Each year, the Charleston and Albuquerque districts trade off the lead of the Corps’ National Ice Team mission. This year, the lead transferred back to Charleston during a ceremony April 2, where ice was symbolically handed from Albuquerque to Charleston via a video teleconference.
“Last year there were 20 tropical cyclones, 19 tropical storms and seven hurricanes, with four of the seven qualifying as major hurricanes, yet there was only one activation for the ice mission from Albuquerque District,” said Emergency Operations Chief Russ Jaramillo. “Although it was basically a non-deployment year, the team stood ready and underwent considerable preparation, planning, training and maintenance to be ready to leave with little notice, which is impressive considering the team is staffed entirely by volunteers.”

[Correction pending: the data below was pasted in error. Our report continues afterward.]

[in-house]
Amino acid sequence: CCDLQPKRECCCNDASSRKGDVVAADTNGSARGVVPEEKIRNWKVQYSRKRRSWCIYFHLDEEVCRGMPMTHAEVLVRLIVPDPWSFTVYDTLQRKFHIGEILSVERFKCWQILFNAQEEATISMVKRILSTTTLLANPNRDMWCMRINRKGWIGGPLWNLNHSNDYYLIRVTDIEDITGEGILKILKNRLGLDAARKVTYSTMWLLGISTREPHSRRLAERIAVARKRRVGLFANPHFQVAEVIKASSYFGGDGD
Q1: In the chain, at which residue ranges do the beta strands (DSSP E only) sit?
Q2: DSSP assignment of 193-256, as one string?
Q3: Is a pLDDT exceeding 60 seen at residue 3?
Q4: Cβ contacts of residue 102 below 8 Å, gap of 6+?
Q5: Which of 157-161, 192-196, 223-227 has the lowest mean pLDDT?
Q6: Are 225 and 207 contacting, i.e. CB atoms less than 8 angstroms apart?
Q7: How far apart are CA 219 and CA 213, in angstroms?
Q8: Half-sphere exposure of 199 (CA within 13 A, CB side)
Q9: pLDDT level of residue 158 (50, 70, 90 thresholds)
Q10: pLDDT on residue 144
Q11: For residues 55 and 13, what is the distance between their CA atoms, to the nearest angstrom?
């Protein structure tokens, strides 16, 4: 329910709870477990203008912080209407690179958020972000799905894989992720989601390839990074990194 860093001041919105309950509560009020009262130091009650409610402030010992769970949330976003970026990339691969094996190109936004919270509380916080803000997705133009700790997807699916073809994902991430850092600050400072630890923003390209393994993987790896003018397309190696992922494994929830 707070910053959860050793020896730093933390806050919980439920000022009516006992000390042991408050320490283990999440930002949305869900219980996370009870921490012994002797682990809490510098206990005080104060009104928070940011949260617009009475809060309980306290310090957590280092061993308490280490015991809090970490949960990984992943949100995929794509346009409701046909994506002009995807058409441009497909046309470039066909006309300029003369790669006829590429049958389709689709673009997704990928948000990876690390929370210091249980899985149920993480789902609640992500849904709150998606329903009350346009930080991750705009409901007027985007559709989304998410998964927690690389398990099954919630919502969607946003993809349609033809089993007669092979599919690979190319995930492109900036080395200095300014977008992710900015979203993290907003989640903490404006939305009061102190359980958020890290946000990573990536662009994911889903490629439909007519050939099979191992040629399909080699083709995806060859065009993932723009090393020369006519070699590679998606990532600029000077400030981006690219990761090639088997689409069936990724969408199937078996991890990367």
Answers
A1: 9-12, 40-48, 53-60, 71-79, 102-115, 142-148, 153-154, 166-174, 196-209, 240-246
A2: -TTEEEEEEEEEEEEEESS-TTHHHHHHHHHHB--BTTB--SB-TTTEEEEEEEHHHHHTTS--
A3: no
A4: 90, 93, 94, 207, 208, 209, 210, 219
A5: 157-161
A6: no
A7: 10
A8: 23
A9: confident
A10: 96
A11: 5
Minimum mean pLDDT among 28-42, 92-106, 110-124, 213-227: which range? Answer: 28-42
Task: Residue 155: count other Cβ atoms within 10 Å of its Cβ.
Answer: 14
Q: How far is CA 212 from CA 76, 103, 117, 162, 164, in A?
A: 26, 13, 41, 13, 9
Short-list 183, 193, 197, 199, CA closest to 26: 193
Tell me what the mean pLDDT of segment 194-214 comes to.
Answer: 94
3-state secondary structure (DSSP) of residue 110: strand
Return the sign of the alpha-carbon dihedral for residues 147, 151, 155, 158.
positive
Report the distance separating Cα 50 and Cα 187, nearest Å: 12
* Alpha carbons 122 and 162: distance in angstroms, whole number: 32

The federal government’s emergency response kicks in when incidents or disasters completely overwhelm local governments. At that point, it is up to a state’s governor to ask for the federal government’s help.
The Federal Emergency Management Agency (FEMA) has the responsibility of coordinating government-wide relief efforts. FEMA uses the National Response Framework (NRF) to facilitate a unified national response to disasters. Under the NRF, there are 15 Emergency Support Functions with listed protocols. ESF #3, Public Works and Engineering, covers the Corps’ emergency response actions, including providing ice.
The Corps executes emergency response activities under two authorities, the Stafford Act and the Flood Control and Coastal Emergency Act.